But I think Linfield is most off-base in her scorn of the domestic pulls that radical activists like Hilda Bernstein and Ruth First felt. Both have eloquently and painfully described those tugs and pulls in their own writings from the period. Among her comrades, First's book about her time in detention was criticized for its emphasis on her personal crisis, including her despair over the fate of her elderly mother and three young daughters. Her efforts to steel herself against these feelings makes her predicament only more poignant. Linfield dismisses my depiction as an attempt to render these dedicated women as "June Cleavers." Not at all. I sought to portray them as they portrayed themselves: as three-dimensional people, with deep concerns and passions not only for the antiapartheid movement but for their own families. These personal concerns make their crisis of conscience all the more poignant and recognizable. Had they been ideological automatons, capable of dismissing all human feeling, would they be more worthy of our admiration?

GLENN FRANKEL


LINFIELD REPLIES

New York City

I liked Glenn Frankel's book and hope lots of people read it. I have no quarrel with the subject he chose, just with his philosophical explanation of it. Briefly, I believe that Nelson Mandela made choices for which he is fully accountable just as surely as Joe Slovo did.

First's "personal crisis" was indeed deeply moving. But that crisis had little to do with her children or her elderly mother. While in jail, First attempted suicide because she feared her comrades would believe she had betrayed them. This does not, at least in my view, make her an "ideological automaton."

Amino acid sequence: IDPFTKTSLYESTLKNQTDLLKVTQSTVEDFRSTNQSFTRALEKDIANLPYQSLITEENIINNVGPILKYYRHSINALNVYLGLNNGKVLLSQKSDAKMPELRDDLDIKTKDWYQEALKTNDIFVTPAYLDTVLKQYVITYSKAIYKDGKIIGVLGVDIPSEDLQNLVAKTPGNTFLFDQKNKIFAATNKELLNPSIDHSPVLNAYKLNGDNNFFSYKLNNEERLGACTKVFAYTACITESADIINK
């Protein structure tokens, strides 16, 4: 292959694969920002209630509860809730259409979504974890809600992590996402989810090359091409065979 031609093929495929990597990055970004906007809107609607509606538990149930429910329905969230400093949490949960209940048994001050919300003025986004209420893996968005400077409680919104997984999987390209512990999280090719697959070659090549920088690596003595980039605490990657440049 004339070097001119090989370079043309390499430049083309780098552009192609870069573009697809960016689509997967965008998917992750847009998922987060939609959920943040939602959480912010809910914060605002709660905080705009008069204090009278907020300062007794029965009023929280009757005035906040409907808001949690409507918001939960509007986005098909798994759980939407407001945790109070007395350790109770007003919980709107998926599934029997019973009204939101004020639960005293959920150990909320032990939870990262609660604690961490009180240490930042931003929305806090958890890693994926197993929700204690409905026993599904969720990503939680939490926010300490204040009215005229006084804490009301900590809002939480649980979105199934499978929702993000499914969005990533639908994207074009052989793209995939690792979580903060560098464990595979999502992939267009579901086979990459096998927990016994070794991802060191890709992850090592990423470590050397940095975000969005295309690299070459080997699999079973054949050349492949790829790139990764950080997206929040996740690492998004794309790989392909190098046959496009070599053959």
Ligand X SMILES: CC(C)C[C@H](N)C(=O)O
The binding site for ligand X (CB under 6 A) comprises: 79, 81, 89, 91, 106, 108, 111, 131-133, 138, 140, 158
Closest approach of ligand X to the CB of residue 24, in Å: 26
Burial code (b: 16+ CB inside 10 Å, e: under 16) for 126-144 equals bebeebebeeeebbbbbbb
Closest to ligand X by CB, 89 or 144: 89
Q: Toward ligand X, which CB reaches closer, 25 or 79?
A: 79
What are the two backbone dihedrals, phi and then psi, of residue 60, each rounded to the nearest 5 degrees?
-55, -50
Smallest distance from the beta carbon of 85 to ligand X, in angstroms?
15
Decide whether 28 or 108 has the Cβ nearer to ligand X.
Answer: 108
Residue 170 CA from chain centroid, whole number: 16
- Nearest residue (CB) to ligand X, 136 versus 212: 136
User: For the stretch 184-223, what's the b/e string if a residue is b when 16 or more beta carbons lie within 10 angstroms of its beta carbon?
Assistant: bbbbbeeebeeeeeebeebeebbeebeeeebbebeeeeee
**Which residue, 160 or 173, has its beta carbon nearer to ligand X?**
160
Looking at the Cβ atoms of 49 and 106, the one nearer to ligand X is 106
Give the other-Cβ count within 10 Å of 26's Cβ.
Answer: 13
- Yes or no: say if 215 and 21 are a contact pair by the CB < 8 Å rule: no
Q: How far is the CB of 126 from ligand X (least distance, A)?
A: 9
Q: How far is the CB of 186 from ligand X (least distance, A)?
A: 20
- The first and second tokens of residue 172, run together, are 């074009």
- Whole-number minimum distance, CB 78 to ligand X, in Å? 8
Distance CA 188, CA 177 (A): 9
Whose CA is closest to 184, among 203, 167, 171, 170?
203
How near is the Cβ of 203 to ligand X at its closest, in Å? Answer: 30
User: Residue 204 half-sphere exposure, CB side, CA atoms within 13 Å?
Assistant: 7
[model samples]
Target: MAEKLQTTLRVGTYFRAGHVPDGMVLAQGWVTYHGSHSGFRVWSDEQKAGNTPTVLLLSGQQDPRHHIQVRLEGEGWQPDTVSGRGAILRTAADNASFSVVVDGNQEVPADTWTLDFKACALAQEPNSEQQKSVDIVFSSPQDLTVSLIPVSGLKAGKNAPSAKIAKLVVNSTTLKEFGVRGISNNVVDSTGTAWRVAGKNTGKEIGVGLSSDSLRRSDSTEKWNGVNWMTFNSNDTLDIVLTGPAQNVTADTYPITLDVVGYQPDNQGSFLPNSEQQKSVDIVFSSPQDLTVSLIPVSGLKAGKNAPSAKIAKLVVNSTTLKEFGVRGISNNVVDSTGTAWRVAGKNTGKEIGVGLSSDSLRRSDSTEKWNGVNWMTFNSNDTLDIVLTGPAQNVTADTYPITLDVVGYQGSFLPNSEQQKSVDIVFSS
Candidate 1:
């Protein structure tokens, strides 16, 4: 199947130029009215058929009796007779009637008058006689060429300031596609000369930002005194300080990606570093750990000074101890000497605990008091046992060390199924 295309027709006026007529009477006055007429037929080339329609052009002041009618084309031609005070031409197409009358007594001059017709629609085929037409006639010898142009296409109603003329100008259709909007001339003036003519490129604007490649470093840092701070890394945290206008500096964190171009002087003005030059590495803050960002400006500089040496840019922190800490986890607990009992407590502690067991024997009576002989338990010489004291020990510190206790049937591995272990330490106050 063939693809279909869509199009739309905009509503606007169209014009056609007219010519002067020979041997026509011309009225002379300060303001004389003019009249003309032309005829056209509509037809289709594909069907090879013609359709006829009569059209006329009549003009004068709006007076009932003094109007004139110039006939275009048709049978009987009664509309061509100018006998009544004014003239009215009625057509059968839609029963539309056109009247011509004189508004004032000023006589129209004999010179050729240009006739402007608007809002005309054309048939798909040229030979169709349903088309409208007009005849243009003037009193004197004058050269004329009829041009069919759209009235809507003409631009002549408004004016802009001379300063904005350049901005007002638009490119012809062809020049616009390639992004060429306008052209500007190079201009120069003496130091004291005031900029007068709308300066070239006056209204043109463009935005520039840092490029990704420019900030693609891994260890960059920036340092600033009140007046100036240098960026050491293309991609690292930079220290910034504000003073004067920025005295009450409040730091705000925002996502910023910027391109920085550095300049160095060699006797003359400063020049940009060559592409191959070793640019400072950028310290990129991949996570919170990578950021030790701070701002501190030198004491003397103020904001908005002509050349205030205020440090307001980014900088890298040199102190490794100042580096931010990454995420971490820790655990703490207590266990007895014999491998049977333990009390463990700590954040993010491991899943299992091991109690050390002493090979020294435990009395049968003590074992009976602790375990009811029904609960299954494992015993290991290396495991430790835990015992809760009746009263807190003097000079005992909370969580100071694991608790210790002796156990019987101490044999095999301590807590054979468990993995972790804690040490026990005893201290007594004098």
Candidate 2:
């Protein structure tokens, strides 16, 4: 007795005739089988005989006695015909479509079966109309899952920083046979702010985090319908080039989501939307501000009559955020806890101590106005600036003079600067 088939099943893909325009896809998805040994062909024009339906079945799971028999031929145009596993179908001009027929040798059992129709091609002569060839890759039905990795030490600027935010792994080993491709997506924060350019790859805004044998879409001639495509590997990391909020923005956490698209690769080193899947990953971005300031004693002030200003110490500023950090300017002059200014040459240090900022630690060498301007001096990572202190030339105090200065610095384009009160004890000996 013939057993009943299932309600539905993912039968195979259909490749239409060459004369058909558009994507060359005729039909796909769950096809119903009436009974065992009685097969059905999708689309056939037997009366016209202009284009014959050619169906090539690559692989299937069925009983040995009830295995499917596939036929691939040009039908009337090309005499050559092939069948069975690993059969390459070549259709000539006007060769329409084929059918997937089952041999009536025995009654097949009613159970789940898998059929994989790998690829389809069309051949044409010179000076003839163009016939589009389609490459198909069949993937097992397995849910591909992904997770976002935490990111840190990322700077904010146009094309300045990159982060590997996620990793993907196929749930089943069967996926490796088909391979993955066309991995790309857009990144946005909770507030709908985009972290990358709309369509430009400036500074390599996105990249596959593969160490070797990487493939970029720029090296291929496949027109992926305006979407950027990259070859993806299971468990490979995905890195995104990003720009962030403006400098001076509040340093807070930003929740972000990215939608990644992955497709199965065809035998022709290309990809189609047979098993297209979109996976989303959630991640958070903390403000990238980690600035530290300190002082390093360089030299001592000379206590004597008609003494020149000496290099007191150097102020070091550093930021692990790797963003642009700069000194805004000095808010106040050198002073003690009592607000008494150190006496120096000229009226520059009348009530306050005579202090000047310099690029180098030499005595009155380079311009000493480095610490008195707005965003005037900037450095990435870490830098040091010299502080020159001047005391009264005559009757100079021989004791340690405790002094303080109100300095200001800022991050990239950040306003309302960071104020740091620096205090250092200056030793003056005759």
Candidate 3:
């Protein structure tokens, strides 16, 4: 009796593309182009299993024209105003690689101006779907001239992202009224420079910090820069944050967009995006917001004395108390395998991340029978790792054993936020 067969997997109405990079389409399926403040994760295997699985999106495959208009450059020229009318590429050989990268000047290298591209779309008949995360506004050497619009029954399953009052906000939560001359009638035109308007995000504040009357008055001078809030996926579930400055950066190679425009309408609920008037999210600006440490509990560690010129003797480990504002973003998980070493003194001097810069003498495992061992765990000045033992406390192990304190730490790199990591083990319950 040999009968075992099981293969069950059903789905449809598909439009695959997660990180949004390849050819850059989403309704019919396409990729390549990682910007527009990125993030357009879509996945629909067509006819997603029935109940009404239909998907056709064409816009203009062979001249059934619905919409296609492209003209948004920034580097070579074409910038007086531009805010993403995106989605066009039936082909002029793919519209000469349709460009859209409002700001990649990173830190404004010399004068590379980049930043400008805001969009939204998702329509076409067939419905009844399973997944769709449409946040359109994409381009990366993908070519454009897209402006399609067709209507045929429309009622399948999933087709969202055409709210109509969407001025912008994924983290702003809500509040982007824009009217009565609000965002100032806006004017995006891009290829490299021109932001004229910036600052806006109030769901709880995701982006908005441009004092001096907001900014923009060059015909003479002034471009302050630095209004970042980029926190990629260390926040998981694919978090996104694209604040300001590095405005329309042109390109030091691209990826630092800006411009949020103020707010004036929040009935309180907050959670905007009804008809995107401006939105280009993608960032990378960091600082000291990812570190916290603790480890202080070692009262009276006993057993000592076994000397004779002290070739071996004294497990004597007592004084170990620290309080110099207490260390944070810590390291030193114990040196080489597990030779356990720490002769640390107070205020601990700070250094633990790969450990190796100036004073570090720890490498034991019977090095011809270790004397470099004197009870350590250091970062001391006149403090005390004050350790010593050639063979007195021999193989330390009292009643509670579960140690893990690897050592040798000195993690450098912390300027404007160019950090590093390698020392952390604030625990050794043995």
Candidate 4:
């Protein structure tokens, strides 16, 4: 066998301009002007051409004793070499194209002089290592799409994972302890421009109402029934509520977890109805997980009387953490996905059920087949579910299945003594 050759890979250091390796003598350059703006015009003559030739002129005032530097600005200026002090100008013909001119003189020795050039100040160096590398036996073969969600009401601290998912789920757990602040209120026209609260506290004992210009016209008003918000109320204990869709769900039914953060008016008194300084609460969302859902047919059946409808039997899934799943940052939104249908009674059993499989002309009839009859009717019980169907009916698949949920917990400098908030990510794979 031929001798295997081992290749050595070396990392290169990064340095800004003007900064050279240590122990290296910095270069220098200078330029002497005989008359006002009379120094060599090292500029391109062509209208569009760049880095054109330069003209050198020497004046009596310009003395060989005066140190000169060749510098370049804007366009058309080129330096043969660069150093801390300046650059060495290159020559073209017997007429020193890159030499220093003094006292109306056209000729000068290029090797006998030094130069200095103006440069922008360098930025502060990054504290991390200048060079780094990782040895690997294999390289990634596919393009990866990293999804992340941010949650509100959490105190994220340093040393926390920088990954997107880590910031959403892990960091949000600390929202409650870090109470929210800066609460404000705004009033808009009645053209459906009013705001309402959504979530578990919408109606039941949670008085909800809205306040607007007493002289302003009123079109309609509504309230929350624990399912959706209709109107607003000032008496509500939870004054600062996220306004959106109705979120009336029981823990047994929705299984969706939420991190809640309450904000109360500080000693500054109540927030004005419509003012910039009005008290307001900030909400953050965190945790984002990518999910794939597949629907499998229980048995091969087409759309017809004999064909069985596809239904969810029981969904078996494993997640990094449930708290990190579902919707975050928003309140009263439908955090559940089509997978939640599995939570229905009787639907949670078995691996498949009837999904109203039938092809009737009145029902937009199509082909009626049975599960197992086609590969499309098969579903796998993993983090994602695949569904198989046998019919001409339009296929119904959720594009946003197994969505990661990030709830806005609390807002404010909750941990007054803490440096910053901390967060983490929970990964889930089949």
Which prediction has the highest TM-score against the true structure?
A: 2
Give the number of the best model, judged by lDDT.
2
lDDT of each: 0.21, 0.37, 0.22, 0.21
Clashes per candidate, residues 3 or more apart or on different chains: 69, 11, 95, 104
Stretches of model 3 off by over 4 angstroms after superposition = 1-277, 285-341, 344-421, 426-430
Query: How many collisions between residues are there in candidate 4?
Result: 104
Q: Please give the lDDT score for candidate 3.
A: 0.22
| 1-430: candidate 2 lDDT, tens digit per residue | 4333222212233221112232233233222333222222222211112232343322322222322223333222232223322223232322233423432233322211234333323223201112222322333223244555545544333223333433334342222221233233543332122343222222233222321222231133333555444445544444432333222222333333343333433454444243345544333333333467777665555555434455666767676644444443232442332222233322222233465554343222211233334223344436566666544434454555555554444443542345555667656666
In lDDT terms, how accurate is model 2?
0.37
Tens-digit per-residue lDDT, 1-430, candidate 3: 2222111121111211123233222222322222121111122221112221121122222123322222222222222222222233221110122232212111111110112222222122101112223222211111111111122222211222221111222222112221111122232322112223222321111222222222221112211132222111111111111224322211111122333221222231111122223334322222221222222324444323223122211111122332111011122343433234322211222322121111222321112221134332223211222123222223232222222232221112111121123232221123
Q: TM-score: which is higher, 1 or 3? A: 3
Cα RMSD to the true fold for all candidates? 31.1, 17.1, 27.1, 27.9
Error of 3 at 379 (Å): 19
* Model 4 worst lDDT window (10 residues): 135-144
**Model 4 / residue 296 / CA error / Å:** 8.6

Frankel's point about "liberal activism" raises important questions to which I have no definitive answers. Political principle is clearly not synonymous with success; history is full of principled people who failed. But I would argue that political principle must be rooted in realism--not realism about one's chances of winning but, rather, in a realistic assessment of one's enemy. You can't, for instance, destroy concentration camps by signing petitions--though signing petitions might make you feel good and might even require courage. Events in places like Bosnia, Rwanda and, indeed, South Africa have shown that moral suasion, and even parliamentary opposition, are often highly ineffective, indeed sometimes disastrous, which makes one wonder how "moral" they are. How can one remain a good person while effectively fighting evil, which tries, precisely, to destroy the goodness in each of us? I do not know, but I believe that the ANC and the SACP--despite the crimes they undoubtedly committed (some of which are documented in the Truth and Reconciliation Report)--found a far better answer to this question than many others have.